Here, the Lord says, - And these signs shall follow them that believe; In My name shall they cast out devils; they shall speak with new tongues; they shall take up serpents, and if they drink any deadly thing, it shall not hurt them; they shall lay hands on the sick, and they shall recover.

To whom was this said?

Charismatic teachers assume that the phrase - them that believe - describes new converts. But it is much more likely that the phrase them that believe – refers to the disciples. This becomes clear when we consider the whole passage from Mark 16.14: Afterward He appeared unto the eleven as they sat at meat, and upbraided them with their unbelief and hardness of heart, because they believed not them which had seen Him after He was risen.

The Lord appears to the eleven, and confronts them with their unbelief. This is the main subject, apart from His Great Commission to them. He reproves them, and then says, - Go ye into all the world, and preach the Gospel to every creature. He that believeth and is baptized shall be saved: but he that believeth not shall be damned. And these signs shall follow them that believe; In My name shall they cast out devils...

The Lord has been speaking about the unbelief of the disciples, and it is not surprising that He should proceed to encourage them with something positive. He therefore tells them that as they believingly take up their commission, they shall receive the unique authenticating powers described in the passage.

The record of the Book of Acts confirms that the disciples did experience all the signs which the Lord said would follow them. But the New Testament nowhere records that ordinary Christians (outside the apostolic band) survived snake bites, or cast out demons.

The members of the apostolic band experienced all five of the wonders described. Today, the charismatic movement claims to experience only three of them, and (as we argue in these pages) their experience falls far short of the real wonders described by our Lord.

Mark said...

In their book "The Charismatic Phenomenon" -

Gifts given only via apostles

It is a fact that the gift of prophecy only ever seems to have been given to people by apostles. Throughout Acts, an apostle is always present when any gift is given.

We know that the sign-miracle gifts were given by apostles, because the ministry of 'signs and wonders' was the exclusive prerogative of the apostles. It was their badge of identification.

If people could have exercised true sign-miracle gifts without having received their power from apostles, then the authenticating mark of apostles would have been destroyed. The apostle Paul would never have been able to say to the Corinthians - "Surely I did the signs of an apostle in your presence!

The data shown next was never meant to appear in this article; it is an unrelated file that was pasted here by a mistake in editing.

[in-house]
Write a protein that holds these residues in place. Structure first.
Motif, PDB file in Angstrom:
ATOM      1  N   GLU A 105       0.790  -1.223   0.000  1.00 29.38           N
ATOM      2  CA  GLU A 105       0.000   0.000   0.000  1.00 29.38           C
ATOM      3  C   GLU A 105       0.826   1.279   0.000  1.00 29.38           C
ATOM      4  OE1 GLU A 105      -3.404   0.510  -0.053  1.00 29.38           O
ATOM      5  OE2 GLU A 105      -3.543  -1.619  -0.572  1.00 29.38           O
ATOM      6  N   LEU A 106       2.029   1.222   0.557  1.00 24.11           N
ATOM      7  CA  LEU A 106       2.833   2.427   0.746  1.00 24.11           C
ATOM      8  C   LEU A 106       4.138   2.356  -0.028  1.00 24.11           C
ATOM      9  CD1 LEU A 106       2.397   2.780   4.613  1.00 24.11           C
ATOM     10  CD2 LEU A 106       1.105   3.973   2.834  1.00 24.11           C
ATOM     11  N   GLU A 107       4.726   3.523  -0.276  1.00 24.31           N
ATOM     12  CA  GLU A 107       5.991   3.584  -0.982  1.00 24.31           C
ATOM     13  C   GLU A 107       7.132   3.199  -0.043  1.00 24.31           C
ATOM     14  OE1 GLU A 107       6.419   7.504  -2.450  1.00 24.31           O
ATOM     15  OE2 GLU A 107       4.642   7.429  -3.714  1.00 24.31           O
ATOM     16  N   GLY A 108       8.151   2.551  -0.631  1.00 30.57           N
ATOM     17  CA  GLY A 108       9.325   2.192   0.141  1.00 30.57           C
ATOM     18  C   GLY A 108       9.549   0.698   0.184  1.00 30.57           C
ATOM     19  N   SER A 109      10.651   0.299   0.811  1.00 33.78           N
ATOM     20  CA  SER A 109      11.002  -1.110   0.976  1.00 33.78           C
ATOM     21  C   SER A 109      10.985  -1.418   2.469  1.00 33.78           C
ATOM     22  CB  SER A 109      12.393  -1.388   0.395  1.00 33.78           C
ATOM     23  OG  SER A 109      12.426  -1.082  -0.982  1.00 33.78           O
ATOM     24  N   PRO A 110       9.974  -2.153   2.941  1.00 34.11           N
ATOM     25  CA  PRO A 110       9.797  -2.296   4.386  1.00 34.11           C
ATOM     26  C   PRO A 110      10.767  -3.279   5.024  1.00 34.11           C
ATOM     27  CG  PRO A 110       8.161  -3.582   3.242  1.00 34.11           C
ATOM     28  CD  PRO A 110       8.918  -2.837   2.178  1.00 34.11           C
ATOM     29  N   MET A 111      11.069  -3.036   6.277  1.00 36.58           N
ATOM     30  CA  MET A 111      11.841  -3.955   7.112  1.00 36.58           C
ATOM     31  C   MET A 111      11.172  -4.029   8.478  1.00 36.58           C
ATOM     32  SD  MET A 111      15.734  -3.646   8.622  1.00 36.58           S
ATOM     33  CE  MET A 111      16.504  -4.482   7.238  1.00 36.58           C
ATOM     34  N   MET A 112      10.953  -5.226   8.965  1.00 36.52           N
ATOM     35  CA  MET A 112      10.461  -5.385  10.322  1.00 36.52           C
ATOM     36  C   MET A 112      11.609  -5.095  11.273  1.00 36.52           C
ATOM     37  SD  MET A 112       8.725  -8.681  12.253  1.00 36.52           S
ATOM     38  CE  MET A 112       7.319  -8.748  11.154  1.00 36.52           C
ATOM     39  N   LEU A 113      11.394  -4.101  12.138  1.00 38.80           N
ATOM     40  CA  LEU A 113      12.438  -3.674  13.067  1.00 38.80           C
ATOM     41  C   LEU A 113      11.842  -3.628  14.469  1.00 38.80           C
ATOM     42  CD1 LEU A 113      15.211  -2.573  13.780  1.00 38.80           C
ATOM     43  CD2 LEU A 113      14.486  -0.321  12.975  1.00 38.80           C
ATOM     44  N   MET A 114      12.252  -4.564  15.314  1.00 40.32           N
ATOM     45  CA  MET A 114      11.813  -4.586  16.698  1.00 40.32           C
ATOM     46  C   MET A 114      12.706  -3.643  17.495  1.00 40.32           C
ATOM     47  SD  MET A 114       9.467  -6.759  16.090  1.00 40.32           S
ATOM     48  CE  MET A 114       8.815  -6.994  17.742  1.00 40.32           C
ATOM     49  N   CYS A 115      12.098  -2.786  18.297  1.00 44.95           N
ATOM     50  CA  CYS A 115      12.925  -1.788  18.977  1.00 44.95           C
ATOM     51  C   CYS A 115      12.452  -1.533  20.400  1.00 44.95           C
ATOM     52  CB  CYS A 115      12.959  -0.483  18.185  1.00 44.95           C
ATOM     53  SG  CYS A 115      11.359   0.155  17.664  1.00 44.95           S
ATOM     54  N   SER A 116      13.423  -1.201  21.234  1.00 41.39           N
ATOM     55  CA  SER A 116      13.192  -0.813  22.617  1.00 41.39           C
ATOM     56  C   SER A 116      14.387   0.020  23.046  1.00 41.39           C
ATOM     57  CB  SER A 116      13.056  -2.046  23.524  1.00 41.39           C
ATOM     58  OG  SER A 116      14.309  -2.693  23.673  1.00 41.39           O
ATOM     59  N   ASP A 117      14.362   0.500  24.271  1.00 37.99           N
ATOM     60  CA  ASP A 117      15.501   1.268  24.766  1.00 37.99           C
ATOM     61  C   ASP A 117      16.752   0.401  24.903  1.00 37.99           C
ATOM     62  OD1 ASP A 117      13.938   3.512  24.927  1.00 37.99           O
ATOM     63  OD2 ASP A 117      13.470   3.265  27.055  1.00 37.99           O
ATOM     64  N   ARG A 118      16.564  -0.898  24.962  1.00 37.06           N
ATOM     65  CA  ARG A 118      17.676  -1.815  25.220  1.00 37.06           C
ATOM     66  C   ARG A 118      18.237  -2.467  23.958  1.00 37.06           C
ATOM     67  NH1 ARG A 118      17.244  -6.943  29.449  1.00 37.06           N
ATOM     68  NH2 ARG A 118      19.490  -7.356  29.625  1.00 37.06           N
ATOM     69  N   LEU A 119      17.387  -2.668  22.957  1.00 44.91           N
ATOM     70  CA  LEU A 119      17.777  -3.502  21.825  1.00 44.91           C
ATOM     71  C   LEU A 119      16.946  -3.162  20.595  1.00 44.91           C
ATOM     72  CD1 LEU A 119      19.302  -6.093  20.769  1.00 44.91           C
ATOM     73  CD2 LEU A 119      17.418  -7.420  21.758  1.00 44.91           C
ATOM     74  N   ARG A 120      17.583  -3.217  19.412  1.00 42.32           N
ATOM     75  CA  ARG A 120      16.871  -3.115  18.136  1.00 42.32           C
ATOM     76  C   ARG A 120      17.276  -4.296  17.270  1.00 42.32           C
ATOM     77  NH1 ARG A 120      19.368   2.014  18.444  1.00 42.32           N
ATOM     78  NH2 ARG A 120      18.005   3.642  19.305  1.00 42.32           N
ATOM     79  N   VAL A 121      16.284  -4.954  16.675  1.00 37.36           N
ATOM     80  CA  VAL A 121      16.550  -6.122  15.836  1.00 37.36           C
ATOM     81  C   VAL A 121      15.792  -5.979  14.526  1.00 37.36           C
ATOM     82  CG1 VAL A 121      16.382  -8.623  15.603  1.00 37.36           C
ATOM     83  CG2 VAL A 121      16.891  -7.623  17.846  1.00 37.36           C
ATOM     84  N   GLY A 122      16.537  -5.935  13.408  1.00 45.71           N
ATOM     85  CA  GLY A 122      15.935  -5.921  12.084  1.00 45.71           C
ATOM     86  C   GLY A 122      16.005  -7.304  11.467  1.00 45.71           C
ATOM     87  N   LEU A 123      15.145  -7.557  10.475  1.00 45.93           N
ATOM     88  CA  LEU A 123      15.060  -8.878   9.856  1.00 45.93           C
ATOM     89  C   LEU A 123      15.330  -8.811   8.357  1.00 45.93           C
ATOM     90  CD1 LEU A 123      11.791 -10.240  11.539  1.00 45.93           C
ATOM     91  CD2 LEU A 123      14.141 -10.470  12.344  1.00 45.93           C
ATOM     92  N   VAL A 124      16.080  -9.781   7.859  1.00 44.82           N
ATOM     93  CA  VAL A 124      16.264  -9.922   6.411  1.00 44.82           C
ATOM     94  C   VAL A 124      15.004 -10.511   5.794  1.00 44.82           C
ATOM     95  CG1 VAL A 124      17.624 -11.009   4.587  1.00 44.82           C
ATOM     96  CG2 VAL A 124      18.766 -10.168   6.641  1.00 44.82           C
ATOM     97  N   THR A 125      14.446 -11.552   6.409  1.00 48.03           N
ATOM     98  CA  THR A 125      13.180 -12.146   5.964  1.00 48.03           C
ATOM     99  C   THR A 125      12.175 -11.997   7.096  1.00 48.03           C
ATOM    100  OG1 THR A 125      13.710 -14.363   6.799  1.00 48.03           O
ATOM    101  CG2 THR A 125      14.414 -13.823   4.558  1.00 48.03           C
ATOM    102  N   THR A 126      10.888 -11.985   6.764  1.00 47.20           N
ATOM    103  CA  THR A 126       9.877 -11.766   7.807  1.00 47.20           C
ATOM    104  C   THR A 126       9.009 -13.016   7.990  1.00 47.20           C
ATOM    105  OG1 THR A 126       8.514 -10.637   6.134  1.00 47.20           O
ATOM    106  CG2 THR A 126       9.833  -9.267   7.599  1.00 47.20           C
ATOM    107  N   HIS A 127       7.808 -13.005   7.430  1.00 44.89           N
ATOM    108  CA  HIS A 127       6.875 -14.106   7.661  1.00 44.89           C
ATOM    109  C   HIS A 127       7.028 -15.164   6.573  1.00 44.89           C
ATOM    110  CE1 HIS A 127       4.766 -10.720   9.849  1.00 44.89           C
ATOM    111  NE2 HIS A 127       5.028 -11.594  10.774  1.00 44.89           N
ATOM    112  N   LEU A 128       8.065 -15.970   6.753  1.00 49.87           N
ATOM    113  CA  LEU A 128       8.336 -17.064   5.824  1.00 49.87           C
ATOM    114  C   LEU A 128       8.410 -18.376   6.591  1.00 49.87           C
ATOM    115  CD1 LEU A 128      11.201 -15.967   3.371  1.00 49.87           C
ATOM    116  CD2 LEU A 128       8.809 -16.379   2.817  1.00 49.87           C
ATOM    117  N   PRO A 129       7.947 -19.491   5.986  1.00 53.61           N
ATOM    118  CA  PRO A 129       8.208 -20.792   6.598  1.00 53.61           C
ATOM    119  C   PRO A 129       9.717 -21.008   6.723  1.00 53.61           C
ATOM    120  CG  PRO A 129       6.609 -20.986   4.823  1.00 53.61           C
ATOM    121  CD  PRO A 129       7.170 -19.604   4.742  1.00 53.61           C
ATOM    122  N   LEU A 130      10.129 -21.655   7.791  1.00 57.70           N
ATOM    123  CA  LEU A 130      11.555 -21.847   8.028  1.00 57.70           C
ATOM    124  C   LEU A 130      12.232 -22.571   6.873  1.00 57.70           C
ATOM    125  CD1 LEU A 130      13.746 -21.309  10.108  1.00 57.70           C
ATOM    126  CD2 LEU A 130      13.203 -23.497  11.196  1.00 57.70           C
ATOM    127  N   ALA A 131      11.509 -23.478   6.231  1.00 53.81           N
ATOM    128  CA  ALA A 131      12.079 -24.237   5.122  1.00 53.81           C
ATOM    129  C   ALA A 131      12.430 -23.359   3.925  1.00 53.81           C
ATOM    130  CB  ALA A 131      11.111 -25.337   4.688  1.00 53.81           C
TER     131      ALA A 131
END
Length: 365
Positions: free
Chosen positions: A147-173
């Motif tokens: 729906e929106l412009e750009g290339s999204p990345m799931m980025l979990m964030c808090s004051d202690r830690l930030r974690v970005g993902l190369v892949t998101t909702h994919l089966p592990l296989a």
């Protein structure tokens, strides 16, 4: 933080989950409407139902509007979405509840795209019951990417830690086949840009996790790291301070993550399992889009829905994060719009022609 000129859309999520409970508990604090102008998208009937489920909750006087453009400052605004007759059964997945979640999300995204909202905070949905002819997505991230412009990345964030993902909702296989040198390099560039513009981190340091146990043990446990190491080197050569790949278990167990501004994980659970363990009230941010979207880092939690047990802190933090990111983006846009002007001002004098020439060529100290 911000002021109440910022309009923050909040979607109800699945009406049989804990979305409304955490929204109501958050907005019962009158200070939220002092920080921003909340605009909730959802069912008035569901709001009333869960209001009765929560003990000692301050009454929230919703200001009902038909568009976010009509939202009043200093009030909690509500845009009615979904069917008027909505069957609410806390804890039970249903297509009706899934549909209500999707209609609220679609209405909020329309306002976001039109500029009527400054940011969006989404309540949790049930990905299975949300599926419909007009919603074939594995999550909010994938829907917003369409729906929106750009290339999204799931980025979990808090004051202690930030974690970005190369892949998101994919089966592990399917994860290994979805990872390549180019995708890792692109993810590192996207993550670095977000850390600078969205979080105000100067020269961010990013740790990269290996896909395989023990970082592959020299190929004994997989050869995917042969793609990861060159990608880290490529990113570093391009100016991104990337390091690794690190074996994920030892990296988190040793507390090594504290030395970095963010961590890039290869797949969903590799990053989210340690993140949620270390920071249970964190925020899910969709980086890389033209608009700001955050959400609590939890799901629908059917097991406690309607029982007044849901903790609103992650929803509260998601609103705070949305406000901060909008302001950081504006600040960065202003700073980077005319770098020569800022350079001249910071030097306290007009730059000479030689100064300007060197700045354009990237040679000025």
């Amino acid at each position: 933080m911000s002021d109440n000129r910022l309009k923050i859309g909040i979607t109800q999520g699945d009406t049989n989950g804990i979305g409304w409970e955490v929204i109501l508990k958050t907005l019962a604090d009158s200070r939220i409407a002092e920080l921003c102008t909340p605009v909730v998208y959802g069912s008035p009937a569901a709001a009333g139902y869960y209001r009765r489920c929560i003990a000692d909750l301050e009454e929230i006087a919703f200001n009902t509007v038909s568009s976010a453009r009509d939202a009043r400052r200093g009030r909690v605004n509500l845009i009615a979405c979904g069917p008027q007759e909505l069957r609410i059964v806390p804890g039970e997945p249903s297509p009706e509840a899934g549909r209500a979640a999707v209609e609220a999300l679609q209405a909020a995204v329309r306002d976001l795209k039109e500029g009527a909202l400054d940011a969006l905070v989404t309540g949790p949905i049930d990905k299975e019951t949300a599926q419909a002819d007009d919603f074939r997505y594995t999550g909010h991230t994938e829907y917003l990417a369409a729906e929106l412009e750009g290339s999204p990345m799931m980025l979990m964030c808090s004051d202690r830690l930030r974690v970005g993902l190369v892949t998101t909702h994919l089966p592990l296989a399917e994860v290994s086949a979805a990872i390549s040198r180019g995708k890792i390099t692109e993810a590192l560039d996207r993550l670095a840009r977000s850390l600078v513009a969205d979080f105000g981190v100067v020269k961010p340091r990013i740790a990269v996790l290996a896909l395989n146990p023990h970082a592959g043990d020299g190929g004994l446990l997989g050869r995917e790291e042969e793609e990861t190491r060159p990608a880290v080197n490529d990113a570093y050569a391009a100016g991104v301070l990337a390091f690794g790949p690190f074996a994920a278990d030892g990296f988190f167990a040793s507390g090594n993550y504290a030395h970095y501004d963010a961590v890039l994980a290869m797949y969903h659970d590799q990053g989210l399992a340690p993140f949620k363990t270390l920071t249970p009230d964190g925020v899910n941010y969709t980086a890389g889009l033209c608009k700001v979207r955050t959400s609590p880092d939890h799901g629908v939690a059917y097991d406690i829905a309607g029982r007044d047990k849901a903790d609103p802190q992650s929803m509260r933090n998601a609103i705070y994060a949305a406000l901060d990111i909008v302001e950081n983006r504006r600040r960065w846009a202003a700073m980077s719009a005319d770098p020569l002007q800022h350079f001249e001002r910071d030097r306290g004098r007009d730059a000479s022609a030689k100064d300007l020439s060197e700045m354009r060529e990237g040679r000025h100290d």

Another oft-cited piece of evidence for this is seen in Acts 8 where the Samaritans were converted under the preaching of Philip, the evangelist. Philip was a prophet who had received the gift to work signs and wonders, but he could not pass any of his gifts on to others.

When the apostles learned about the conversion of many Samaritans they immediately sent Peter and John to lay hands on them and bestow gifts.

We have noted already that God began to withdraw the sign-gifts from the apostles even during their lifetime. But the fact that such gifts - and all prophetic gifts-were bestowed by apostles, meant that when the apostles died, all sign and prophetic gifts would die out also.

Bruce said...

Mark,

What men think on the subject is irrelevant. Arguments from silence are also irrelevant unless some type of hard evidence is extant; chapter and verse is what's needed. I'm fully aware of the errors within the charismatic movement--and stand against them. So there's no need to use their poor exegesis and practice as a straw man.

Mark said...

Hi Bruce. It certainly looks like you're not listening to chapter and verse as many have been given. You are aware that God has given Pastors as gifts to His church? So, why would you not listen to what they are saying on the matter (I'm speaking of Reformed Baptist theology)? You're also not making sense, you're asking Pastor Jeff a question and then say to me in your above post that it does not matter what men think on the subject. So, why ask Pastor Jeff what he thinks?

Instead of demanding from others and then shrugging off what they say on the matter, why don't you tell us what you think and give chapter and verse. Maybe we can learn something.
Thanks Bruce

Bruce said...

Mark,

I don't recall asking anyone what they "think"--I specifically asked for chapter and verse...


"Hi Dr. Riddle,

You state: "the office of apostle ceased after the death of the last apostle."

Where can I find this in Scripture? And who was the last apostle?"


I was not given any verses because there aren't any. (Whom the burden of truth is on is obvious.) Arguments from silence, thoughtful conjecture, opinions of others, and straw-men are not proof. I need Scripture...I'm sorry if I wasn't clear. I fully respect the opinion of Dr. Riddle and yourself, but this is a question that cannot be answered by mere opinion; we need Scripture. Although, I am very grateful that both you and Dr. Riddle have taking the time to give your respective input. Thank you